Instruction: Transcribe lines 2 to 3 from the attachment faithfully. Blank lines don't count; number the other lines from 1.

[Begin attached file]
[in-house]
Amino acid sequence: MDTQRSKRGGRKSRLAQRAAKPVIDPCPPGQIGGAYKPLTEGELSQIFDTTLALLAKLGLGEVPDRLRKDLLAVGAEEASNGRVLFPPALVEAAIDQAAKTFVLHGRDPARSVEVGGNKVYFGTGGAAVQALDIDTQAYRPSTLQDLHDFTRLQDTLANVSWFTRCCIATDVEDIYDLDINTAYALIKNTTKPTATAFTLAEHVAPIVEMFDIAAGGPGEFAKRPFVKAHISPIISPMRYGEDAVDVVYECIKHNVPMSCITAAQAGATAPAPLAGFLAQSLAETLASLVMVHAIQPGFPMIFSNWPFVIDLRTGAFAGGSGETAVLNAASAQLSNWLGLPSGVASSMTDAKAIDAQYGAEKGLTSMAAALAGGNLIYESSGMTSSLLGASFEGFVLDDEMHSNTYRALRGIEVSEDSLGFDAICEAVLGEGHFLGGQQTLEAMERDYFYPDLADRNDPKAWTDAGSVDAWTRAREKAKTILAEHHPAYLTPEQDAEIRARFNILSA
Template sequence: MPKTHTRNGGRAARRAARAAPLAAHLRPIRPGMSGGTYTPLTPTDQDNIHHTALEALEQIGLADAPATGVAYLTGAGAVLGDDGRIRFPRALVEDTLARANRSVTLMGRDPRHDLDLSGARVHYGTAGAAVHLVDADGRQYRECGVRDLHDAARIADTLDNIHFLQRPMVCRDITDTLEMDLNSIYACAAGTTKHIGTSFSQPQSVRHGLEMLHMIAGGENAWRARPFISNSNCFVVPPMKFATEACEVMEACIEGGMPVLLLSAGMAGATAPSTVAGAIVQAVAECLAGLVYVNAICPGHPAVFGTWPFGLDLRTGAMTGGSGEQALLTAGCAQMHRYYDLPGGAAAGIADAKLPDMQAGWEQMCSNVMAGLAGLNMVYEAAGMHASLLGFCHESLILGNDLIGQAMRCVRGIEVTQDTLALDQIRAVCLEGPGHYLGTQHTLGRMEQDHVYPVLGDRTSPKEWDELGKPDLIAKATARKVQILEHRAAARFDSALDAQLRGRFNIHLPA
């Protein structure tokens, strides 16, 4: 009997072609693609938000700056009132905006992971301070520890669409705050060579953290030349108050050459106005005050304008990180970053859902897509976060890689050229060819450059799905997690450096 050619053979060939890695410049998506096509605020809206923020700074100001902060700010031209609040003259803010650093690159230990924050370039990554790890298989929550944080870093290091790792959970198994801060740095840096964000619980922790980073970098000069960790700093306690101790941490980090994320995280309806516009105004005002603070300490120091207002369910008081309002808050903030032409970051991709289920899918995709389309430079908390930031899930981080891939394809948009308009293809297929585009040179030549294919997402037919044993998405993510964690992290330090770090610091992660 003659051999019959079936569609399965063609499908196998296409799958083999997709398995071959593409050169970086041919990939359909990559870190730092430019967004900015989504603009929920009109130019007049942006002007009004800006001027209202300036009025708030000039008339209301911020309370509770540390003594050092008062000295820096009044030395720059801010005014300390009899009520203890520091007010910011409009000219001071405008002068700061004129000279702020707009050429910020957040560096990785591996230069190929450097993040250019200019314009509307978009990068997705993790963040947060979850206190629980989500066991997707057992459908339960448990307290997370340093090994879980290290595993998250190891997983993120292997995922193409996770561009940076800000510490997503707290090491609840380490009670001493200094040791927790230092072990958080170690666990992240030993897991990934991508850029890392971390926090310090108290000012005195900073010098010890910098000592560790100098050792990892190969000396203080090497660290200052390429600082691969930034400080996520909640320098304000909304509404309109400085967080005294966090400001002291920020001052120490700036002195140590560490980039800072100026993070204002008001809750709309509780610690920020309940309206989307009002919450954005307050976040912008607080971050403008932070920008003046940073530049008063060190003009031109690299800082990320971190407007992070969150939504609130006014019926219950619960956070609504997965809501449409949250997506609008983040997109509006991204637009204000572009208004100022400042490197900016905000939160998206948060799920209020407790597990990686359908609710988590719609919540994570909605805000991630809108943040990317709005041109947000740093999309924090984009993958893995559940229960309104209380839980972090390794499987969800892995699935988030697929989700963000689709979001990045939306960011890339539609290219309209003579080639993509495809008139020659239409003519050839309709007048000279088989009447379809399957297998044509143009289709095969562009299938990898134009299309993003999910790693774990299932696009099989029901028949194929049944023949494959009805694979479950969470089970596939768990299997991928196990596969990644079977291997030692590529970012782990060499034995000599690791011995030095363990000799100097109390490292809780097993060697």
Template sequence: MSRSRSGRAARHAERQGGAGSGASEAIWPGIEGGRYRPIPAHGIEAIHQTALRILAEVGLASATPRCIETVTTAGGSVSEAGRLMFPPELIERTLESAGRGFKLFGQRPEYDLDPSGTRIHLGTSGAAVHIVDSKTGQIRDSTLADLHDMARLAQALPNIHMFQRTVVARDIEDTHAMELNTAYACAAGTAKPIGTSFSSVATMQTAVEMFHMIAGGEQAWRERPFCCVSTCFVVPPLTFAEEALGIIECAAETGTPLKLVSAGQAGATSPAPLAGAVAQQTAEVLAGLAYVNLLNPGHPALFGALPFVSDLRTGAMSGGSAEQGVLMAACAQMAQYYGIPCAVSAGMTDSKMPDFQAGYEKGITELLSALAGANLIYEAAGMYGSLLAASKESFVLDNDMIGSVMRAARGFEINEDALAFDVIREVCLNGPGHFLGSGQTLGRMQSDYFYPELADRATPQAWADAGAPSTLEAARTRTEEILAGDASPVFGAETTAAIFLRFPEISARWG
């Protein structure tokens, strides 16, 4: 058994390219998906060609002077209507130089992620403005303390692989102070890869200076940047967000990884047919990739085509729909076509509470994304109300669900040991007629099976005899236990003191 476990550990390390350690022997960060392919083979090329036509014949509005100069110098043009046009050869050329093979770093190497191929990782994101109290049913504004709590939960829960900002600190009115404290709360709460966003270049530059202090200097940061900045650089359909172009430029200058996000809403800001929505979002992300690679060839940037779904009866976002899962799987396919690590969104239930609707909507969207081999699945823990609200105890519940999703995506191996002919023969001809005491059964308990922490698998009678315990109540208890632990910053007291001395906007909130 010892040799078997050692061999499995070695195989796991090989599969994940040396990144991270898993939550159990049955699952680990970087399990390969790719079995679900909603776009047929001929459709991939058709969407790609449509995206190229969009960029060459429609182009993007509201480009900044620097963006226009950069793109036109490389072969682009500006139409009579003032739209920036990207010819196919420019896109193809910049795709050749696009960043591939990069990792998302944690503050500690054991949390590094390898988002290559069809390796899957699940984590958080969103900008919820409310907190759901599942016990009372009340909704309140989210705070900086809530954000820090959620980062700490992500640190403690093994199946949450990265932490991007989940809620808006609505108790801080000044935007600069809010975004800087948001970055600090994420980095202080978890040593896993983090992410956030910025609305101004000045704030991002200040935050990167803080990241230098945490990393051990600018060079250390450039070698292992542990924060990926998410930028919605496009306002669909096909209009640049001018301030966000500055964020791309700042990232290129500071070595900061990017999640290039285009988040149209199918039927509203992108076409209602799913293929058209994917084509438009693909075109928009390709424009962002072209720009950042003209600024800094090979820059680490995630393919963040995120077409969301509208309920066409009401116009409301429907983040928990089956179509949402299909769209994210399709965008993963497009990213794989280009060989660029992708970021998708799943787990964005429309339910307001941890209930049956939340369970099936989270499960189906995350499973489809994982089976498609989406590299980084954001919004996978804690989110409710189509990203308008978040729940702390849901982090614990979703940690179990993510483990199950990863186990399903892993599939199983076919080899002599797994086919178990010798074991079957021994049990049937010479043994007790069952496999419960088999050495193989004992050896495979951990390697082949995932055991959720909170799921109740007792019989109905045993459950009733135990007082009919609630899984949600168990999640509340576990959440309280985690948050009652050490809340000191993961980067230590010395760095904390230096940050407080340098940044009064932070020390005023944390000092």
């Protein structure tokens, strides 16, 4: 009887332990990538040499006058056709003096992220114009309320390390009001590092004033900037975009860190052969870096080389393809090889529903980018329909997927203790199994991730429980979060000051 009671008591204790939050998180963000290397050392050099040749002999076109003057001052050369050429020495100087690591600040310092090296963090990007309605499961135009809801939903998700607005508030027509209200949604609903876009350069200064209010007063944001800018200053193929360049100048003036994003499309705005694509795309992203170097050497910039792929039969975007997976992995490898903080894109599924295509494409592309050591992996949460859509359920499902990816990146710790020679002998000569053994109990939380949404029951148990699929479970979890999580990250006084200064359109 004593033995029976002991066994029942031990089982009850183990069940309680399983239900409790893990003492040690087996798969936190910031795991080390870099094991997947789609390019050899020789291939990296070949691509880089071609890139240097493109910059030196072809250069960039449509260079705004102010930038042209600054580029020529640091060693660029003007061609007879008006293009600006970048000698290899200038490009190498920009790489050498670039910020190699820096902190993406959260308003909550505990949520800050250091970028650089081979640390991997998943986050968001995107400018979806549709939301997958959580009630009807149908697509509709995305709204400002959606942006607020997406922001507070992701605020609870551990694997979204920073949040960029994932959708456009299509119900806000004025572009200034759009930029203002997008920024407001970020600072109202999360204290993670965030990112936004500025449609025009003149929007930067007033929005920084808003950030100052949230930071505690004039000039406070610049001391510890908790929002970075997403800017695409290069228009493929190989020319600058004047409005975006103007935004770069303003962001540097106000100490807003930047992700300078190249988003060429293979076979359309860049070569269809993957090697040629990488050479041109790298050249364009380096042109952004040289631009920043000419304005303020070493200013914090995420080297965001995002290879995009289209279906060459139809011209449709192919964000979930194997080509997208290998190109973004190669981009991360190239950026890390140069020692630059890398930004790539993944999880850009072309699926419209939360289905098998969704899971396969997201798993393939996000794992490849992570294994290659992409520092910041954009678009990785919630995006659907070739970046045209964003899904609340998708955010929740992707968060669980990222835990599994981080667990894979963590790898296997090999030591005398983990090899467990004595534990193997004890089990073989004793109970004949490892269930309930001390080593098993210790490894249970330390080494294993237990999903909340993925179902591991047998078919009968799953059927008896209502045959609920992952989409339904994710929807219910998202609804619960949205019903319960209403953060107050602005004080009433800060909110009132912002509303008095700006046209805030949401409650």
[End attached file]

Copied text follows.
Amino acid sequence: MDTQRSKRGGRKSRLAQRAAKPVIDPCPPGQIGGAYKPLTEGELSQIFDTTLALLAKLGLGEVPDRLRKDLLAVGAEEASNGRVLFPPALVEAAIDQAAKTFVLHGRDPARSVEVGGNKVYFGTGGAAVQALDIDTQAYRPSTLQDLHDFTRLQDTLANVSWFTRCCIATDVEDIYDLDINTAYALIKNTTKPTATAFTLAEHVAPIVEMFDIAAGGPGEFAKRPFVKAHISPIISPMRYGEDAVDVVYECIKHNVPMSCITAAQAGATAPAPLAGFLAQSLAETLASLVMVHAIQPGFPMIFSNWPFVIDLRTGAFAGGSGETAVLNAASAQLSNWLGLPSGVASSMTDAKAIDAQYGAEKGLTSMAAALAGGNLIYESSGMTSSLLGASFEGFVLDDEMHSNTYRALRGIEVSEDSLGFDAICEAVLGEGHFLGGQQTLEAMERDYFYPDLADRNDPKAWTDAGSVDAWTRAREKAKTILAEHHPAYLTPEQDAEIRARFNILSA
Template sequence: MPKTHTRNGGRAARRAARAAPLAAHLRPIRPGMSGGTYTPLTPTDQDNIHHTALEALEQIGLADAPATGVAYLTGAGAVLGDDGRIRFPRALVEDTLARANRSVTLMGRDPRHDLDLSGARVHYGTAGAAVHLVDADGRQYRECGVRDLHDAARIADTLDNIHFLQRPMVCRDITDTLEMDLNSIYACAAGTTKHIGTSFSQPQSVRHGLEMLHMIAGGENAWRARPFISNSNCFVVPPMKFATEACEVMEACIEGGMPVLLLSAGMAGATAPSTVAGAIVQAVAECLAGLVYVNAICPGHPAVFGTWPFGLDLRTGAMTGGSGEQALLTAGCAQMHRYYDLPGGAAAGIADAKLPDMQAGWEQMCSNVMAGLAGLNMVYEAAGMHASLLGFCHESLILGNDLIGQAMRCVRGIEVTQDTLALDQIRAVCLEGPGHYLGTQHTLGRMEQDHVYPVLGDRTSPKEWDELGKPDLIAKATARKVQILEHRAAARFDSALDAQLRGRFNIHLPA